I’m finishing up my course at Mikveh Alon (Hebrew course), just a few tests and interviews left and I’ll know where I’ll be going next! Although I’m being tested in only Hebrew, we learn a lot about history, wars, the country, and important people. That being said, since this month is Women’s History Month, there are three women you will want to know about. Golda Meir (1898-1978) was the first female prime minister of Israel. She was born in Kiev in present-day Ukraine, lived in Wisconsin and moved with her husband to British Mandate Palestine. She began as an official with Histadrut Trade Union and worked her way up. The Yom Kippur War occurred during her administration. Sarah Aaronsohn (1890-1917) was an essential member of Nili, a group of spies that collected information for the British in World War I. A participant in spy missions to learn more about the Ottomans who died as a captive, today we remember her as the “heroine of Nili.” Hannah Senesh (1921-44), at the age of 13, moved from her native Hungary to Israel. During World War II, she parachuted into Yugoslavia to support the resistance and eventually she crossed the border into Hungry. The Hungarian police caught her and held her captive for several months, but Hannah refused to disclose any information about her mission. She is one of my heroes; risking her life for a dangerous mission like that is truly a selfless deed. I look up to these noble women. The things they’ve done and achieved are incredible. Have a great Passover HAKOL readers, looking forward to writing to you next time. Chag Sameach! Shalom,

Sami Meir-Levi

The Jewish Federation of the Lehigh Valley and other Federations in North America fund the Lone Soldier program.

2013

ALL CAMPS 8 weeks - entering 10th grade • • • • • •

Mazel ToTs CaMp JCC Jr. sTageMakers CaMp CaMp JCC CenTer Valley one Week speCialTy sporTs CaMps posT CaMp

JCC of Allentown 702 N. 22nd St. Allentown, PA 18104 610.435.3571 allentownjcc.org HAKOL LEHIGH VALLEY | MARCH 2013 29


Community Calendar To list an event in the Community Calendar, submit your information on our website, www.jewishlehighvalley.org, under the “Upcoming Events” menu. All events listed in the Community Calendar are open to the public and free of charge, unless otherwise noted. Programs listed in HAKOL are provided as a service to the community. They do not necessarily reflect the endorsement of the Jewish Federation of the Lehigh Valley. The JFLV reserves the right to accept, reject or modify listings.

FRIDAY, MARCH 1 IJCU First Friday Luncheon Discussion

12 to 1 p.m., Seegers Union, Room 111 & 112, Muhlenberg College. Jews, Money & Capitalism presented by Dr. Jessica Cooperman, Posen fellow, religion studies, Muhlenberg College. Free and open to the public. Bring lunch or buy lunch at Seegers Union. Sodas available for purchase in room. Leave ample time to locate on-street parking. To learn more, visit www.ijcu.org.

SATURDAY, MARCH 2 TBE Comedy Night

7 p.m., Temple Beth El. $36 admission - includes snacks,

Honorable MENSCHens

desserts and drinks. Doors open at 7 p.m./ showtime is 8 p.m. Comics provided by the New York Hysterical Society. For reservations, call 610-435-3521.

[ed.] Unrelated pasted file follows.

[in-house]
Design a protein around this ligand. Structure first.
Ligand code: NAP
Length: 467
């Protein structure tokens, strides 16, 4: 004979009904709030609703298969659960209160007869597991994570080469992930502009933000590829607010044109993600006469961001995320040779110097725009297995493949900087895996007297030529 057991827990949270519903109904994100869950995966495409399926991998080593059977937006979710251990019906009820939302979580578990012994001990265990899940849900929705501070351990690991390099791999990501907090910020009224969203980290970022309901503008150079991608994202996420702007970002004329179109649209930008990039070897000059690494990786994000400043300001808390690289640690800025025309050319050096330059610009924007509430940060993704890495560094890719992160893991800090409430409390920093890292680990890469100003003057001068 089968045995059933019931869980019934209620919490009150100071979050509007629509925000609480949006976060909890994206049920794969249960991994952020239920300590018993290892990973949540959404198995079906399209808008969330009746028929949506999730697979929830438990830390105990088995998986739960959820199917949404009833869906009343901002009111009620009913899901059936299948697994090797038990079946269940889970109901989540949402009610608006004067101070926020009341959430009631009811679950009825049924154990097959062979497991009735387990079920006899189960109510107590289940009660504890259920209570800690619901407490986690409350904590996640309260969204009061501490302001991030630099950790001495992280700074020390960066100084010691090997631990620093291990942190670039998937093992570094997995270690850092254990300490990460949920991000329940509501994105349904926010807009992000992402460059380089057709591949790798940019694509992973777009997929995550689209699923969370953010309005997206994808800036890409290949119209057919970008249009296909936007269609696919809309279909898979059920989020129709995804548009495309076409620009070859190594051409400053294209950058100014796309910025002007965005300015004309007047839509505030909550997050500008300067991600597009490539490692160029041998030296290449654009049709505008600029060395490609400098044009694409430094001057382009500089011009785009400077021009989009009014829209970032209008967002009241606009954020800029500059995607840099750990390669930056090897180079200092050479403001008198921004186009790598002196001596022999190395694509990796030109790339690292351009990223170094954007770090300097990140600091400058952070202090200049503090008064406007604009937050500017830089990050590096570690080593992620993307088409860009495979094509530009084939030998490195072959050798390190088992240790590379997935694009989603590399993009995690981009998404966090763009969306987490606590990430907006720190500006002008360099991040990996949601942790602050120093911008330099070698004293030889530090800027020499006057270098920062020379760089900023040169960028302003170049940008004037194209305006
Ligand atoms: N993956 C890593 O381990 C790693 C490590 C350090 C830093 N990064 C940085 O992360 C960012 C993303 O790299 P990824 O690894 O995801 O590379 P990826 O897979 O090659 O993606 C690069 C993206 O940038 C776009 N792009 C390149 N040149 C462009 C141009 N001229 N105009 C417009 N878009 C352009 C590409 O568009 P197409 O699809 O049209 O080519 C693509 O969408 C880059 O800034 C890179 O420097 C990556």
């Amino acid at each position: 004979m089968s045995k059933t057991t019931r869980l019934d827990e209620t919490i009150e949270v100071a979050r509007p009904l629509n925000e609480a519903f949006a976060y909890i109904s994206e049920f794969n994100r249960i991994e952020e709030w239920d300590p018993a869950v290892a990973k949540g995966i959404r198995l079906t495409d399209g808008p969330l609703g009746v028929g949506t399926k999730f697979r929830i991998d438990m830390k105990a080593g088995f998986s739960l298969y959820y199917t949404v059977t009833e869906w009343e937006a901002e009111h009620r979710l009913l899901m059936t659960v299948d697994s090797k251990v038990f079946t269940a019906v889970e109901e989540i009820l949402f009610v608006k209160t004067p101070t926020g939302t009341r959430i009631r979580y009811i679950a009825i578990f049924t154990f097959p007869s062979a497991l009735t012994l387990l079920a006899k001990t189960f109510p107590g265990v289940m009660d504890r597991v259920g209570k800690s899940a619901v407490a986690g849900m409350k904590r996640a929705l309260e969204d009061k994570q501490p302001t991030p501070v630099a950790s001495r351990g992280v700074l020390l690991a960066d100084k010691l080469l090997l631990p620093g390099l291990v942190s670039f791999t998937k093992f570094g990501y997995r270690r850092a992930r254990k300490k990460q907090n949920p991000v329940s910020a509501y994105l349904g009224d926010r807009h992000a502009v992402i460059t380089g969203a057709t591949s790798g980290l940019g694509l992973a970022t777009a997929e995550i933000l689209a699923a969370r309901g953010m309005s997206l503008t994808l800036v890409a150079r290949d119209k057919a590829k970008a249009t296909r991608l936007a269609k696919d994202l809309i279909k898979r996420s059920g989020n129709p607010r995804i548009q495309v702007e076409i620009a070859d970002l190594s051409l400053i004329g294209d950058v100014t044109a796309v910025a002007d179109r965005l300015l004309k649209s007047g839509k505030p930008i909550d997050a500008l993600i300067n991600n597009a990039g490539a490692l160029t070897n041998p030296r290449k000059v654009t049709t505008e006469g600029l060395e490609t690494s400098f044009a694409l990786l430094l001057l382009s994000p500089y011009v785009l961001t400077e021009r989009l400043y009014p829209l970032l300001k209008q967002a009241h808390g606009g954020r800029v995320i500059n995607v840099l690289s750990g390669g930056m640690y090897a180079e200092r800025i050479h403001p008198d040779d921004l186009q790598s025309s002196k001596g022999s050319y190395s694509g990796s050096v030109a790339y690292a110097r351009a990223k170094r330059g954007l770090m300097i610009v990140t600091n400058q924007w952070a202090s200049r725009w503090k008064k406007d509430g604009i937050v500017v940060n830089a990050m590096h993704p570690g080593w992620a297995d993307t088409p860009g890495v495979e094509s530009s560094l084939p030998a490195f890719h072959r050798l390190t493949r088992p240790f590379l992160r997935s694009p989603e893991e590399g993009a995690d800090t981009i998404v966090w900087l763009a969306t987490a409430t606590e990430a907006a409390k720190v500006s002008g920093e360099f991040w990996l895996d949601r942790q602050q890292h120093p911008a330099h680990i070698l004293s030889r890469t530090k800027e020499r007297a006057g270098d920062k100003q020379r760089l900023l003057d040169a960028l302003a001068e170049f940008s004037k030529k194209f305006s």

SATURDAY, MARCH 2 BBYO Up All Night

7 to 10 p.m., JCC of Allentown. Up All Night is a fun, community-based event filled with dancing, a 3-on-3 basketball tournament, a chinese auction and much, much more. All proceeds are being donated to Turning Point of Lehigh Valley, a local non-profit organization that helps provide support for those experiencing domestic violence. All ages are welcome! It’s going to be a great night for a great cause! The cost is $15. Questions? Email zachzager@gmail.com or dana.shustik3@gmail.com.

SUNDAY, MARCH 3 TBE Blood Drive

10 a.m., Temple Beth El. Make you feel good to give? Blood donors reported feeling a sense of great satisfaction after making their donation. Why? Because helping others in need just feels good. For information, please contact the temple office at 610-435-3521.

SUNDAY, MARCH 3 CBS Healthy U@55+ Series - Mental Health

10 a.m., Congregation Brith Sholom. Two outstanding mental health professionals, Barry Siegel and Annette Carpien, will discuss mental health issues for the 55+ community. Siegel of Jewish Family Service will speak on “Changes in Aging: What to Expect.” Carpien, a mastercertified relationship coach, will discuss: “Satisfying Relationships: Using your Differences to Bring you Closer.” Continental breakfast will be served. Program is free for CBS members, $3 for general public. Call 610-866-8009 or e-mail cbstammy@fast.net to learn more. Walk-ins welcome.

SUNDAY, MARCH 3 JCC Film Festival: Footnote

2 p.m., Whitaker Auditorium, 5 East Packer Ave., Lehigh University. The Philip and Muriel Berman Center for Jewish Studies and the JCC’s Jewish and Israeli Film Festival copresent “Footnote,” the 2011 Academy Award nominee for Best Foreign Film. The screening will be introduced by writer and director Joseph Cedar. Cedar presents a complex tale of bitter rivalry between a father and son who are both Talmud scholars. A discussion and Q&A will follow. Refreshments will be served following the presentation. The event is free and open to the community. For more information call 610-758-4869, e-mail inber@ lehigh.edu or visit http://lehigh.edu/~inber/inber.html.